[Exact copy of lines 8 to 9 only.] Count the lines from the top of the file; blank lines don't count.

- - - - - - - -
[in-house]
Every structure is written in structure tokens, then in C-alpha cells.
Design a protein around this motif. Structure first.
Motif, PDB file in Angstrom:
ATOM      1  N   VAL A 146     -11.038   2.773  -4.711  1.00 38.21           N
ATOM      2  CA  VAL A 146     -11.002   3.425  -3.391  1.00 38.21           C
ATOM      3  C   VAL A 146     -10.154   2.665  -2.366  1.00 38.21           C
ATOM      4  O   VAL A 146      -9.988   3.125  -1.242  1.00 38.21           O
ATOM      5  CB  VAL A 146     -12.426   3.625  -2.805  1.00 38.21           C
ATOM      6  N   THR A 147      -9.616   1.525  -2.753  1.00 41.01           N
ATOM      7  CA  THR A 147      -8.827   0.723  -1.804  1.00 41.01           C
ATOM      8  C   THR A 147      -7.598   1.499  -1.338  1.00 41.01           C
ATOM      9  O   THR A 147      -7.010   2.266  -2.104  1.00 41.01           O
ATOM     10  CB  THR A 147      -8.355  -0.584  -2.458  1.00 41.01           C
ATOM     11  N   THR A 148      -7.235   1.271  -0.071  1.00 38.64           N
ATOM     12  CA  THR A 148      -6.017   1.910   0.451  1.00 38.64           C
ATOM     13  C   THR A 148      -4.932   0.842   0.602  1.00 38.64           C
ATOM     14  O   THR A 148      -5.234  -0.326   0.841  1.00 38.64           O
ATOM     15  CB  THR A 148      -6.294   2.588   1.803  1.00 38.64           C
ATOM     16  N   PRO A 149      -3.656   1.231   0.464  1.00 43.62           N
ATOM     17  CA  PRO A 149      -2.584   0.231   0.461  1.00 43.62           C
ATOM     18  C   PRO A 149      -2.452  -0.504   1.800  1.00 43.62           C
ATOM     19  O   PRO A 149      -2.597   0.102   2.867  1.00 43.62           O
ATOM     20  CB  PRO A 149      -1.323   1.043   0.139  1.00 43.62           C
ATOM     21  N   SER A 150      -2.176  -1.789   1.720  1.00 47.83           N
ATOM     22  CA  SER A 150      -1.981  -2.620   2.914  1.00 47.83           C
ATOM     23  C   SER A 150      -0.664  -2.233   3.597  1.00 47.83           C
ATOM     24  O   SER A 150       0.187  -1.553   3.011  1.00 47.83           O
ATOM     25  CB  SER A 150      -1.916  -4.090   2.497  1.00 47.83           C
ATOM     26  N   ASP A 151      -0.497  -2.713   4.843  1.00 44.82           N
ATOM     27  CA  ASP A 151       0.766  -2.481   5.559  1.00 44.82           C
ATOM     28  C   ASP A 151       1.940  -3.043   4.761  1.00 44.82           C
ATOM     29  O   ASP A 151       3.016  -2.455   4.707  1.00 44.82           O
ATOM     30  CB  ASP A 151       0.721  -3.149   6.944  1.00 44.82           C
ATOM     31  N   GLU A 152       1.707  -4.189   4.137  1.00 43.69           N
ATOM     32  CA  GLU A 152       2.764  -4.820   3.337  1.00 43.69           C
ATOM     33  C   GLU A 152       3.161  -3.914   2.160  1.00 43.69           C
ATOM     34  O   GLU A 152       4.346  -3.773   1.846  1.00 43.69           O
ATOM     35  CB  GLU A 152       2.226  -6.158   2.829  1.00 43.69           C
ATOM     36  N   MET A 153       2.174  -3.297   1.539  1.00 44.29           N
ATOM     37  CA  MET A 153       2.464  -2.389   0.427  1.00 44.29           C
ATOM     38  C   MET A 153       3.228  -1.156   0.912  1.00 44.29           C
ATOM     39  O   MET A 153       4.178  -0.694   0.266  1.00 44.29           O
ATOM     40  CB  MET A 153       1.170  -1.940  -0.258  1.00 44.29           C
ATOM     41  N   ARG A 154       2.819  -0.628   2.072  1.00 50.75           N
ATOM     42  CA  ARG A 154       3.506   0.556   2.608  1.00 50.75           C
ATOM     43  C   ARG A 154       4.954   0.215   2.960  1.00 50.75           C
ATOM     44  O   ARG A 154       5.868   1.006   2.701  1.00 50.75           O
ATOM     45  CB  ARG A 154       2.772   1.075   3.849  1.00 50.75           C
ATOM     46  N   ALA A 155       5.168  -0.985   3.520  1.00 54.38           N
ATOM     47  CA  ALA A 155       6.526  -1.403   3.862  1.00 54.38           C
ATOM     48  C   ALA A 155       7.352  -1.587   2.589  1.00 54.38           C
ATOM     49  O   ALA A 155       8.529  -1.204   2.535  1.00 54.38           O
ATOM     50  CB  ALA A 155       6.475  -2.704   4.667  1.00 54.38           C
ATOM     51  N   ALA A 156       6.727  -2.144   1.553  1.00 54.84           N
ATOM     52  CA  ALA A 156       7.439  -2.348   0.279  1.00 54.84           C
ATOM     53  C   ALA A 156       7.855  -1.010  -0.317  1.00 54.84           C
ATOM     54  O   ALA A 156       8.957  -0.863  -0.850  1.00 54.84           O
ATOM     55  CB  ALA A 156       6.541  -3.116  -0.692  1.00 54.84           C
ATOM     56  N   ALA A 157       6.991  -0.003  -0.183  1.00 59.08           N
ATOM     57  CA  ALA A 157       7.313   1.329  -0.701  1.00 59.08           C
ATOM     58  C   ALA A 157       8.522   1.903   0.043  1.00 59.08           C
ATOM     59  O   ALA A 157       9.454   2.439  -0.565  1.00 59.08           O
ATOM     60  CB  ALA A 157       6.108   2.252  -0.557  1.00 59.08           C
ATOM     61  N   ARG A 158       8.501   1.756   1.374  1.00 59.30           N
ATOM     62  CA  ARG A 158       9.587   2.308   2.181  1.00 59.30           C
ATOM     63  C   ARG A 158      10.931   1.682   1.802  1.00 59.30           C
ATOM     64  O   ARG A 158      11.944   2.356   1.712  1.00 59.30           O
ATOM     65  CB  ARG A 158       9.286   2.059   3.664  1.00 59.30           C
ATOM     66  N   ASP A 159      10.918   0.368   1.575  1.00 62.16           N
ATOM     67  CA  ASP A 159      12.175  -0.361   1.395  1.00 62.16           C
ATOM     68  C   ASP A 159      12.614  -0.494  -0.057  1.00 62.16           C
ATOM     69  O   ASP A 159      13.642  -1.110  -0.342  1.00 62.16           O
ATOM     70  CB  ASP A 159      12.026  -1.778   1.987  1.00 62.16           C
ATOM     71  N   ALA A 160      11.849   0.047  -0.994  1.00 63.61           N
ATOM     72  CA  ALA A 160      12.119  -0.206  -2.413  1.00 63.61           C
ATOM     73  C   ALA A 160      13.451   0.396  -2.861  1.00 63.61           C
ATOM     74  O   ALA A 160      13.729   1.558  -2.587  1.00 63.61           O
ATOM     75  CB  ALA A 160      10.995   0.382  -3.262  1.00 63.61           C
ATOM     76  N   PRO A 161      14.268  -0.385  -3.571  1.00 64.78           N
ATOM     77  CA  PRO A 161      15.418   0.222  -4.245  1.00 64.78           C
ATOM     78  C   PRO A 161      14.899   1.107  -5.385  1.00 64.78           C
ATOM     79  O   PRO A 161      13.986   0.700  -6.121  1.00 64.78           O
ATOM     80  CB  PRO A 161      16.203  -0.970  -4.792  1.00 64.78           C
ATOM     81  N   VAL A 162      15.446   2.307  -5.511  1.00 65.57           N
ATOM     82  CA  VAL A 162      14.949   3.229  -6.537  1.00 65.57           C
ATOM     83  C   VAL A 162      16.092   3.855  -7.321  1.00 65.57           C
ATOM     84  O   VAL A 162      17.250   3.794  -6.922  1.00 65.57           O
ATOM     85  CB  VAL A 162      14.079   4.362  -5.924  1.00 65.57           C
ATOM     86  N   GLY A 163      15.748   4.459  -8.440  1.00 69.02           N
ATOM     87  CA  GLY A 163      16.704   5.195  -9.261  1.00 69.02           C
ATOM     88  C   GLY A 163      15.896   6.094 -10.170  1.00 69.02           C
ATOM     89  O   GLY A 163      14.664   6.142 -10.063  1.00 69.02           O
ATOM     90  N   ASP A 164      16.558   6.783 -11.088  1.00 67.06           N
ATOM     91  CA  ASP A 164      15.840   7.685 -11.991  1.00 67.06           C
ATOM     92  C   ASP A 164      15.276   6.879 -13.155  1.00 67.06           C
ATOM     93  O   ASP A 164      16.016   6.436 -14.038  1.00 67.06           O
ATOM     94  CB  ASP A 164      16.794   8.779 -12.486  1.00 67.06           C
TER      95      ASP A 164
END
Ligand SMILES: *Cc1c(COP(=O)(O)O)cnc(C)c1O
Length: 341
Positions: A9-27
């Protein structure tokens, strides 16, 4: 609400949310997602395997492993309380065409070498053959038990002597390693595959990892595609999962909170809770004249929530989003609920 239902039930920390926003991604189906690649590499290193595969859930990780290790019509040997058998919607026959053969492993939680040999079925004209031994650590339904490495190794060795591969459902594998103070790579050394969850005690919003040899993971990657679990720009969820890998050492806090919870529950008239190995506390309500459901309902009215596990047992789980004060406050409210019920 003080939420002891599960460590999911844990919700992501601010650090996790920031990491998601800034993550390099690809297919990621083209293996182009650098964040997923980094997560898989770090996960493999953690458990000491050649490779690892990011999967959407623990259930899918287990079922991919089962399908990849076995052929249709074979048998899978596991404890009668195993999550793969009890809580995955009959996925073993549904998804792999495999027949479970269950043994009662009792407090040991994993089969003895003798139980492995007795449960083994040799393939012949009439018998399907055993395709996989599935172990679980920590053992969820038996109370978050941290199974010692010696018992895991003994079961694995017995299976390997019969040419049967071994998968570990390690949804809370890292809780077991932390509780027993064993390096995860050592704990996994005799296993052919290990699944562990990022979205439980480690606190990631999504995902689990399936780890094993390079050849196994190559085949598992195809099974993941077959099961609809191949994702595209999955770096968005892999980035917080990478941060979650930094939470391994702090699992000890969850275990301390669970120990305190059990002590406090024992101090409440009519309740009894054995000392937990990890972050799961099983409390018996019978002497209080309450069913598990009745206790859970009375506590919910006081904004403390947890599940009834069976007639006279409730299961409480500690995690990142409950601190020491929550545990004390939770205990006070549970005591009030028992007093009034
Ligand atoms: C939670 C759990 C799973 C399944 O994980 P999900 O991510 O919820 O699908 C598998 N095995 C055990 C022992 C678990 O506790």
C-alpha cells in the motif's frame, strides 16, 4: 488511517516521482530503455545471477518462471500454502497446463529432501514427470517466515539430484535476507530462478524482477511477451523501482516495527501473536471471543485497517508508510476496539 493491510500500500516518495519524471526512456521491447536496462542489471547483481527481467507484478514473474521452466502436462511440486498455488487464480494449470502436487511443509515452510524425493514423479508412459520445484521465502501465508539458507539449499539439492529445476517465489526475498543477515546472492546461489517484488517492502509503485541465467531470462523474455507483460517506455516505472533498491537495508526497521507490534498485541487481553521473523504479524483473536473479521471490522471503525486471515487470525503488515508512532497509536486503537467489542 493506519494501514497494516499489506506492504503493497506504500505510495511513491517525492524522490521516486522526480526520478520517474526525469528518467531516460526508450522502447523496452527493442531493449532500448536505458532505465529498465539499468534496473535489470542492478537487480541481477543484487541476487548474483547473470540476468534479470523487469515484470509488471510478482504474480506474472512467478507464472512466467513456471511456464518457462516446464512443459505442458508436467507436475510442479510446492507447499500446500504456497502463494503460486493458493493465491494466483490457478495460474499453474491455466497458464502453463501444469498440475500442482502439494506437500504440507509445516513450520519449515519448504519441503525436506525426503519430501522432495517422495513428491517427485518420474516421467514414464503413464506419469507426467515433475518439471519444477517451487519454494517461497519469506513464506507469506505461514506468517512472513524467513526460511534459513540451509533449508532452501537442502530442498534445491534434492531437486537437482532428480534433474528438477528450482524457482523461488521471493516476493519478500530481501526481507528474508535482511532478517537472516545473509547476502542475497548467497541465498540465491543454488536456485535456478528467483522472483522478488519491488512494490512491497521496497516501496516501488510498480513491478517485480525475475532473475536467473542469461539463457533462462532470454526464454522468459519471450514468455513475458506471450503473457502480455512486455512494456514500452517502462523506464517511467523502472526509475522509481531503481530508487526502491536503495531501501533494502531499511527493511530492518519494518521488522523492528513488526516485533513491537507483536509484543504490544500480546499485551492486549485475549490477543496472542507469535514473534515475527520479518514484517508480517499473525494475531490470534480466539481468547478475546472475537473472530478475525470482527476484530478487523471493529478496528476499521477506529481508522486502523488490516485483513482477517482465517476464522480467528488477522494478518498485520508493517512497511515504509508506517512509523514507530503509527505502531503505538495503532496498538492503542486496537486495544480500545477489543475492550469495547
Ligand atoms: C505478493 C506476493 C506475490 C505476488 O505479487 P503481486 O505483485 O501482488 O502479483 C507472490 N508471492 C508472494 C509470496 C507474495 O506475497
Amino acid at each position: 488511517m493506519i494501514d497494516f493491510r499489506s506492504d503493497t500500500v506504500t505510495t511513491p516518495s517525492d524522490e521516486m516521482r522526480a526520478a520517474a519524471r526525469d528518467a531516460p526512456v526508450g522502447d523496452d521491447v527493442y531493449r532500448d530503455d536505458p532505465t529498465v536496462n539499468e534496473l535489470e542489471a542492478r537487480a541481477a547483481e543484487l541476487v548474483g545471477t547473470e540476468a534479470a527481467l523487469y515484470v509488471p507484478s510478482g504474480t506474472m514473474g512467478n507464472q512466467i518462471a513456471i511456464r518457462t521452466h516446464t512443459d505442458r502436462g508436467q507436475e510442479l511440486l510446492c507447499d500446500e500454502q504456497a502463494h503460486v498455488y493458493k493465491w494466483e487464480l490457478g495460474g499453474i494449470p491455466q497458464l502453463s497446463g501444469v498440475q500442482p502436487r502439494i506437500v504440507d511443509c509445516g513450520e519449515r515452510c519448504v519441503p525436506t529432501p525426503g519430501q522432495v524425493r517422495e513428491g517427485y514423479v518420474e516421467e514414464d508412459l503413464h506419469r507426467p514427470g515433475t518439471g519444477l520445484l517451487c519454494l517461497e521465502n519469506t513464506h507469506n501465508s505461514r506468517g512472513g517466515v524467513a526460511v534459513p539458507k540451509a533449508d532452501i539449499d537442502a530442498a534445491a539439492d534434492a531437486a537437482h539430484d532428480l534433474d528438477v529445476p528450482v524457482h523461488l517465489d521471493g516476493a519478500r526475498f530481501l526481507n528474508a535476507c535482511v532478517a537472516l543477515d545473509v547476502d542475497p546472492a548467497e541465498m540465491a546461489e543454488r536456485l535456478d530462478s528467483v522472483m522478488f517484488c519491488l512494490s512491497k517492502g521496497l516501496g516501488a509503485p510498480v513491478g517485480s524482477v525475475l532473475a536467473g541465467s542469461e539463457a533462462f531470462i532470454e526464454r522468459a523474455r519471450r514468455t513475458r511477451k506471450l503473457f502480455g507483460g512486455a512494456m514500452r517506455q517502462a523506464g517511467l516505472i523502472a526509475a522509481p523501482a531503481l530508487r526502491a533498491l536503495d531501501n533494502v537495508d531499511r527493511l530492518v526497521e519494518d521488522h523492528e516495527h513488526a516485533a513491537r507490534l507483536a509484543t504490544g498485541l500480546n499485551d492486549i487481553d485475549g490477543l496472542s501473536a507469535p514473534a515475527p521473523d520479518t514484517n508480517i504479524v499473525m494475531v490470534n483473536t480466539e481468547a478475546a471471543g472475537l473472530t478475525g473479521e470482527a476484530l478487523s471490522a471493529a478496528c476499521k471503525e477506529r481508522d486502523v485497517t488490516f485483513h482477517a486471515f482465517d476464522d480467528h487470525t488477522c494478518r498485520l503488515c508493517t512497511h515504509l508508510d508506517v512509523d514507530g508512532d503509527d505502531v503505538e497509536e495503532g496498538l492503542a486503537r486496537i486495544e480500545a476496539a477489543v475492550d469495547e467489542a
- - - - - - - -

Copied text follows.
ATOM      4  O   VAL A 146      -9.988   3.125  -1.242  1.00 38.21           O
ATOM      5  CB  VAL A 146     -12.426   3.625  -2.805  1.00 38.21           C